Transfering between Forces

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Transfering between Forces

Post by echohead » Thu Nov 30, 2006 6:56 pm

Sorry but maybe this has been covered before....

I have been a PCSO for a couple of years and my wife's family all come from Hampshire. We are thinking of moving back and I was wondering if there is any way of transferring forces or whether I have to go through the whole application process again.

I appreciate that there is not any formal transfer process as there is with Police Officers but I'm guessing that there may be some of you out there that have changed forces or might know someone who has and whether they had to re-apply or if there may have been an easier way in ??

Cheers..... :?: :D

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Post by RyanCTJ » Thu Nov 30, 2006 8:02 pm

One of the girls I work with has come down from West Yorkshire, she had to re-apply and go through the full selection process. I could be wrong but until (if ever!) there is a national selection process and standardised powers across the whole of England and Wales, I doubt transfers will be possible.

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the Met is wonderful - just wonderful

Post by falkor » Mon Oct 15, 2007 5:46 pm

Article: October 2007

Police Constable Polly Comber fancied a challenge so she decided to transfer to the Met, where she enjoys her role protecting the citizens of London. Polly would definitely recommend the Met to anyone thinking about transferring.

"Both my husband and I are in the Police Service, I originally joined in 1990, working for Thames Valley. We got to a point in our lives when we wanted to get out of the rat race and ended up transferring to Durham Constabulary.

"We had a great time there but, as both our families live in the Reading (Berkshire) area, the distance became quite a strain. I also wanted to progress my career in different ways that were not going to be possible in Durham because it’s such a small force.

Returning to Thames Valley obviously crossed our minds – we had friends and contacts there after all – but I fancied a challenge and the idea of the Met came up. I did wonder how I’d manage; I knew I’d have to adjust to different procedures but that was what made it exciting.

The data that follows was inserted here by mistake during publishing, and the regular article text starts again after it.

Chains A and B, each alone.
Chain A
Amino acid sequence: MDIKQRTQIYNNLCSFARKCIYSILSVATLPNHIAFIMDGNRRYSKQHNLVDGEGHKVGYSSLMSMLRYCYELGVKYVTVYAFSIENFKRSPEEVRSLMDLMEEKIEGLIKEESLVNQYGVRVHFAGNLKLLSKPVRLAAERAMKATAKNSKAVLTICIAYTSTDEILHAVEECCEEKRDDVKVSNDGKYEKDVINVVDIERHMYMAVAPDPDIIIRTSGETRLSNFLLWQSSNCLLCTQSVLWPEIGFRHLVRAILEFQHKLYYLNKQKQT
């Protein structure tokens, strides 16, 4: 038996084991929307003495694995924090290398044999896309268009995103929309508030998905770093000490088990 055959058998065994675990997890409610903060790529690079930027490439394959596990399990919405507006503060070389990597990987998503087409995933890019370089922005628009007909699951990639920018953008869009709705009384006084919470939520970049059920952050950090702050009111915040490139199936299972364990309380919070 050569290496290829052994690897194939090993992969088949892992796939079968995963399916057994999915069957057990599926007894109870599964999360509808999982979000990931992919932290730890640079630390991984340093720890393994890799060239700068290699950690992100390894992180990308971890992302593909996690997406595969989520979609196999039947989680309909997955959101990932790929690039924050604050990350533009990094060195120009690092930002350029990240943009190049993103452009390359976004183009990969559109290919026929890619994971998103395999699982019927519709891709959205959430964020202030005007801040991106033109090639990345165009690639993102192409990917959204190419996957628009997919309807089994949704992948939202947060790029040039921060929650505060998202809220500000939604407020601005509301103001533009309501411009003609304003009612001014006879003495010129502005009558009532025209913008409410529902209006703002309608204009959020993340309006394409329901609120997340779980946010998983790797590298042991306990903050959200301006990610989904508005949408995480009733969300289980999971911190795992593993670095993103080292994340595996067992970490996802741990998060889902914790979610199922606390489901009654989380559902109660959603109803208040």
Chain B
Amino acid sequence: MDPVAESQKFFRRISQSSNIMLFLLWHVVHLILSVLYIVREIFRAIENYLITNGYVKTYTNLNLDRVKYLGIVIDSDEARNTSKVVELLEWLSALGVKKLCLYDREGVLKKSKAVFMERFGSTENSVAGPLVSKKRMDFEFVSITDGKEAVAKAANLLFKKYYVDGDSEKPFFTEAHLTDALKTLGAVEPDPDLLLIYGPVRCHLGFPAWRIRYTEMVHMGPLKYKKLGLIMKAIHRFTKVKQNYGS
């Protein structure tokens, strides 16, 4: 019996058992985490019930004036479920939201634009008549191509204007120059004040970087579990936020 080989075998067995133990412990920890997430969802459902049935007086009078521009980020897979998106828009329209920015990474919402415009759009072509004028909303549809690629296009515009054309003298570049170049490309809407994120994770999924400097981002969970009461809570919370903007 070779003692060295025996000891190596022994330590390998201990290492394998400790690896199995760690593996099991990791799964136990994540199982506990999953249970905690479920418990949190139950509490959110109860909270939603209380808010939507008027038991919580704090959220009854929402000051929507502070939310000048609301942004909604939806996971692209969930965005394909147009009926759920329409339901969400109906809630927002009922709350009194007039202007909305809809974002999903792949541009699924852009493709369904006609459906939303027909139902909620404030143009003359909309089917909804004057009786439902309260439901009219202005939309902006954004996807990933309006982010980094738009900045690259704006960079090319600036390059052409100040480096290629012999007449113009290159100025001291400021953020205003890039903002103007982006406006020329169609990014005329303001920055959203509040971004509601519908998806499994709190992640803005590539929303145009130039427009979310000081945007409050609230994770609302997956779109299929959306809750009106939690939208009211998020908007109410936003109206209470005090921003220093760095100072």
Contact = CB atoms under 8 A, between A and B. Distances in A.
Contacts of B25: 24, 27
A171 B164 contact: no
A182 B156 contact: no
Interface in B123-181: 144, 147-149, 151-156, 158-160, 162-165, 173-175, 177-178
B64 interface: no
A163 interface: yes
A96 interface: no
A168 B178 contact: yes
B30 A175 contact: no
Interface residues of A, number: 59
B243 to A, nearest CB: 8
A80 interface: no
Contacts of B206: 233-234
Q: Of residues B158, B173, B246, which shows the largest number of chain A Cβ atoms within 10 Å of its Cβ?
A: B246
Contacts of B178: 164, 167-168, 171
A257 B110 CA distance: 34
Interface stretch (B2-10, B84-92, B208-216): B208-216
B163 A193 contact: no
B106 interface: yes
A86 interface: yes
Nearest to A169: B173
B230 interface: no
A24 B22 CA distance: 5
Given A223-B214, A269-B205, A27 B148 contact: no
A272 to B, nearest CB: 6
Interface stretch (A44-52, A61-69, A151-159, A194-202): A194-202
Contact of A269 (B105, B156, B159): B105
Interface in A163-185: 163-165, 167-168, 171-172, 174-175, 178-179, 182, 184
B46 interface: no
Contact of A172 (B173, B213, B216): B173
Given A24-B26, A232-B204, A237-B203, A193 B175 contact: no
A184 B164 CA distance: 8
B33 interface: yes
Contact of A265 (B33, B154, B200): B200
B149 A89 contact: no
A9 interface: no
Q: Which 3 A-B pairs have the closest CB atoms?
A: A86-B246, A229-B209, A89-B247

Hendon was a pretty amazing place; even the size and scale of it was impressive. There were about 40 of us transferees and a couple of rejoiners. We were there for a week and I really enjoyed it. It’s only when you join the Met that you realise how diverse it really is.

When you first transfer, you’re initially a bit shell-shocked but then it’s as if you’ve never worked anywhere else. You settle in so quickly and you end up just doing the job.

I’ve been in London six months now and it’s as if I’ve been here all my service. At first you do think “it’s the Met – 30,000 officers!” But then it all becomes second nature. I was posted to Southall, which was ideal because we were living in the Reading area. I couldn’t fault the team I joined; I was just accepted without any question.

I had been thinking that it was going to be completely different at the Met. What I found instead was that the people are just the same – and that’s been brilliant. The only real difference is how many officers I parade with.

When people think of Great Britain, they think of London. Even though there are other major cities, London is the big draw – certainly for tourists. We have a duty to people visiting this country to make it safe for them – and for the people that live here. That is my role.

Of course I have a career that I want to pursue but, ultimately, my role is to protect the citizens of London now, as it was in Thames Valley and in Durham, and I will do my best to do that. In the future I want to gain more experience with the Met – the opportunities available to me are endless – but for the time being, that is my focus.

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